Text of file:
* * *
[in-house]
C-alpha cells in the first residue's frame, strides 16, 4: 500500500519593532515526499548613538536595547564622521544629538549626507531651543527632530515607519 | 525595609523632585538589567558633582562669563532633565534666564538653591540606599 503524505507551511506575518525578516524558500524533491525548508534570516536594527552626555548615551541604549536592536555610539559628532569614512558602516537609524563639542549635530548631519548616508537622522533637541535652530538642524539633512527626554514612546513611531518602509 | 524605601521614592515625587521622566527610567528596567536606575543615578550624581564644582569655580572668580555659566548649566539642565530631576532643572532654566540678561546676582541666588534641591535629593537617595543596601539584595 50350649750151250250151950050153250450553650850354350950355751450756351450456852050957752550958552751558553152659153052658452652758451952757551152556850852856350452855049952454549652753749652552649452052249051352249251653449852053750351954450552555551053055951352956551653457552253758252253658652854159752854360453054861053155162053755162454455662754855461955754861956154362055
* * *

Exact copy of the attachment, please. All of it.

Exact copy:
[in-house]
C-alpha cells in the first residue's frame, strides 16, 4: 500500500519593532515526499548613538536595547564622521544629538549626507531651543527632530515607519 | 525595609523632585538589567558633582562669563532633565534666564538653591540606599 503524505507551511506575518525578516524558500524533491525548508534570516536594527552626555548615551541604549536592536555610539559628532569614512558602516537609524563639542549635530548631519548616508537622522533637541535652530538642524539633512527626554514612546513611531518602509 | 524605601521614592515625587521622566527610567528596567536606575543615578550624581564644582569655580572668580555659566548649566539642565530631576532643572532654566540678561546676582541666588534641591535629593537617595543596601539584595 50350649750151250250151950050153250450553650850354350950355751450756351450456852050957752550958552751558553152659153052658452652758451952757551152556850852856350452855049952454549652753749652552649452052249051352249251653449852053750351954450552555551053055951352956551653457552253758252253658652854159752854360453054861053155162053755162454455662754855461955754861956154362055